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  • $\begingroup$ I've deleted an extensive discussion in the comments, which can now be found only in this chat room. $\endgroup$
    – Danu
    Sep 24 at 21:00
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All serious scholars of science or history of science should realize that Wikipedia has a long way to go to become a reliable source of scientific history, especially if it is about very ancient personalities. Article written by people under nicknames or pseudonyms and of sometimes of dubious credibility have little value for researchers. Afterall, who are the authors of those entries? We have no clue. If we start believing whatever appears on Wiki or Stack Exchange all academic history departments in universities will become redundant and they should shut down.

Besides other historians, consult the work of Syed Nomanul Haq, Names, Nature and Things, Springer Link from the Center for Middle Eastern Studies, Harvard University. Another highly respected historian of Jabir is P. Kraus, who is extensively referenced in his book. Kraus also learned Arabic and consulted original bodies of Arabic works. I am not sure if the chemist turned historian, Lawrence Principe, learned ancient Arabic to consult original works. There is no evidence from his CV.

Haq agrees that not all the 3000 pieces of can be attributed to one person. Of course, there is no doubt that one Jabir Ibn Hayyan existed. Just like botanical and zoological nomenclature of species, it is hard of match trinomial or tetranomial ancient Arabic names, so the point of having many Jabirs is useless.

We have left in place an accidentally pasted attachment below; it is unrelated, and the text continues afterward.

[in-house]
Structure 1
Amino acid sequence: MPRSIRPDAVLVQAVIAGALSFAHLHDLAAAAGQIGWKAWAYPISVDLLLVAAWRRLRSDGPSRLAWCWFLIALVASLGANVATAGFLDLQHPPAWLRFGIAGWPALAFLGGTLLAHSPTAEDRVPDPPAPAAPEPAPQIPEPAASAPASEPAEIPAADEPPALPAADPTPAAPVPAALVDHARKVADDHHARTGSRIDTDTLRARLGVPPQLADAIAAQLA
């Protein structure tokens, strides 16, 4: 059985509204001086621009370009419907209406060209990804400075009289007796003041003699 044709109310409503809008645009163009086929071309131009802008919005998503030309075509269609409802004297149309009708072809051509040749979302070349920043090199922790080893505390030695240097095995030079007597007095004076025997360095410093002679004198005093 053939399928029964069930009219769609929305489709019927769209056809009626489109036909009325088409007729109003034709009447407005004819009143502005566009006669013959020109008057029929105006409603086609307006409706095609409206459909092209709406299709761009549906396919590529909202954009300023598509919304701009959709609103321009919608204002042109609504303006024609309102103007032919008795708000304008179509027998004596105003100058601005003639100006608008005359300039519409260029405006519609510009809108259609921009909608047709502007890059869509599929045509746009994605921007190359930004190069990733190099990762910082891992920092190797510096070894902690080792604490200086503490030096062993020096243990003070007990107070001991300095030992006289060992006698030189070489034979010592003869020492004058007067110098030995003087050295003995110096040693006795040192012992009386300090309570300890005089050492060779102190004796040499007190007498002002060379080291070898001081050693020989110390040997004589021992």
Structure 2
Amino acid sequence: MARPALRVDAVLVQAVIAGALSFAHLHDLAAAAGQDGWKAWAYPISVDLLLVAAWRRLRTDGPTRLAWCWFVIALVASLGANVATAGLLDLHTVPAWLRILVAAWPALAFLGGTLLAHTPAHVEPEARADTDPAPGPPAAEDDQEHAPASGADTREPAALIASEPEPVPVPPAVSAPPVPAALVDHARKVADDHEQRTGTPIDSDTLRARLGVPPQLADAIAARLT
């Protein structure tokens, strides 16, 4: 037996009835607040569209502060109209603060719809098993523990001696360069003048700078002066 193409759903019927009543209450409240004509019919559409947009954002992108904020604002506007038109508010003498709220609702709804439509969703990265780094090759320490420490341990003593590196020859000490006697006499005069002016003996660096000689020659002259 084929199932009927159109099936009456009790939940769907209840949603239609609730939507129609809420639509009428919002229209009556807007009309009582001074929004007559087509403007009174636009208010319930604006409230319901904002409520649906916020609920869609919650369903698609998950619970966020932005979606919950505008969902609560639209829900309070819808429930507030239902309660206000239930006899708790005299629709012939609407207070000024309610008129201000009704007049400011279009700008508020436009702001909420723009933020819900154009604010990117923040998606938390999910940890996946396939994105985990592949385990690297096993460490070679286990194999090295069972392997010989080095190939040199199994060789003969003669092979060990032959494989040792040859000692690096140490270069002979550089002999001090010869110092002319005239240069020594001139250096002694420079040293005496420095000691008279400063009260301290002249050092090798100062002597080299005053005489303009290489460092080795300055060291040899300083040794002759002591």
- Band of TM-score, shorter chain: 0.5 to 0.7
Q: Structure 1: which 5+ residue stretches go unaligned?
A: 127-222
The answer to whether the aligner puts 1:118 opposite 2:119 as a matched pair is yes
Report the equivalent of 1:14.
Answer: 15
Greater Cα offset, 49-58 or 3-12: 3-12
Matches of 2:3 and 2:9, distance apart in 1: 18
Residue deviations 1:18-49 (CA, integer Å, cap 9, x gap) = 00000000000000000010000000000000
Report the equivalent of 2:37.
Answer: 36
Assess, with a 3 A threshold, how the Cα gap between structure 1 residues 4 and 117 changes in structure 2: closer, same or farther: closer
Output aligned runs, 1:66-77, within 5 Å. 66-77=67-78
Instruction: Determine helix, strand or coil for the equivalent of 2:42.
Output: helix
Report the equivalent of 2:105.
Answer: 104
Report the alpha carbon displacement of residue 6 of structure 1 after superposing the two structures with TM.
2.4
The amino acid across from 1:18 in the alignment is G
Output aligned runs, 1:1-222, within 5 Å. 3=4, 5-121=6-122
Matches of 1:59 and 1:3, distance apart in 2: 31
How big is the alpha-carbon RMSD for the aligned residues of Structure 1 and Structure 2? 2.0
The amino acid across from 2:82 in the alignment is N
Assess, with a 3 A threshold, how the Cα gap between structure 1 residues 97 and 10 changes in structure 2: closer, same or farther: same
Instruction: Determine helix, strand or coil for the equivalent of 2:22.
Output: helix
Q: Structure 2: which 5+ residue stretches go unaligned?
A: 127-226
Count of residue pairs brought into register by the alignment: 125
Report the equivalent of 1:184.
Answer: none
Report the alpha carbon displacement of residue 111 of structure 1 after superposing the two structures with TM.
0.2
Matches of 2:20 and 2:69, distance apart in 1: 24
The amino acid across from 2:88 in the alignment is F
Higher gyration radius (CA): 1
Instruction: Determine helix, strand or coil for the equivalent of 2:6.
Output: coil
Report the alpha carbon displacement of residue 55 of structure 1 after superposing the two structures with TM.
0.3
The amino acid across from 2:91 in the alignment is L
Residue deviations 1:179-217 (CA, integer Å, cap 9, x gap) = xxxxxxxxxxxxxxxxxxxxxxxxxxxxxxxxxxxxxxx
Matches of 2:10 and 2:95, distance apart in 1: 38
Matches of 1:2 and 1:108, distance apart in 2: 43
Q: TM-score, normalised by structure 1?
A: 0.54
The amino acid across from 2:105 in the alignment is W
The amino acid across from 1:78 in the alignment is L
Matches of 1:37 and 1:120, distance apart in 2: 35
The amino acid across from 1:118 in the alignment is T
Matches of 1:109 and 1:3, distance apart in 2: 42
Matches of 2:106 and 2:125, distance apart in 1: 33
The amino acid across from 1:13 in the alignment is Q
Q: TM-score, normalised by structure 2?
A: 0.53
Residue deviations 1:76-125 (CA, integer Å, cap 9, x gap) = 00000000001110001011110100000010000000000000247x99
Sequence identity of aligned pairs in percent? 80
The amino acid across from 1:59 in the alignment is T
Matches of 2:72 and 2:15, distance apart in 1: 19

The problem is what is attributed to him as his body of work (Stigler's law of eponymy) is true or not. Likewise we can question if Pythagorous theorem is his actually his or not? Did Euclid write all the books? Common problem with ancient texts, but should not doubt if Euclid existed or not. Otherwise, skepticism has no limits.

The author writes

${ }^{1}$ In the Jabirian treatises which have either been published or read by me in manuscripts, as well as in the traditional biographies, the patronymic part of the author's name (kunya) appears frequently as Abū Mūsa, but sometimes also as Abū 'AbdAllāh. Often attached to it is the epithet al-Süfi, the tribal name (nisba) al-Azdĩ and names indicating Jäbir's place of origin al-Kūfi or al-Tūsī. Ibn Khallikān (d. $681 / 1282)$ reports in his Biographical Dictionary that Jäbir was from Tarsūs (see de Slane tr. [1842-71], I, p. 300$)$ and this is confirmed by another standard source, the Kashf al-Zunūn of Häjji Khalifa (d. $1069 / 1658)$. However, this latter biographer - according to whom Jäbir died in $160 / 777-$ calls him al-Tarsūsi at one place, but at another place says that Jäbir was from Tarsūs and is called al-Tūsi (!) (see Flügel ed. [1835-1858], p. 34 and p. 79). Ibn al-Nadim, who in naming Jäbir wavers between both kunyas, Abū Mūsa and Abū 'AbdAllāh, mentions the belief that Jäbir was originally from Khurāsān (see Flügel ed. [1871], pp. 354-358).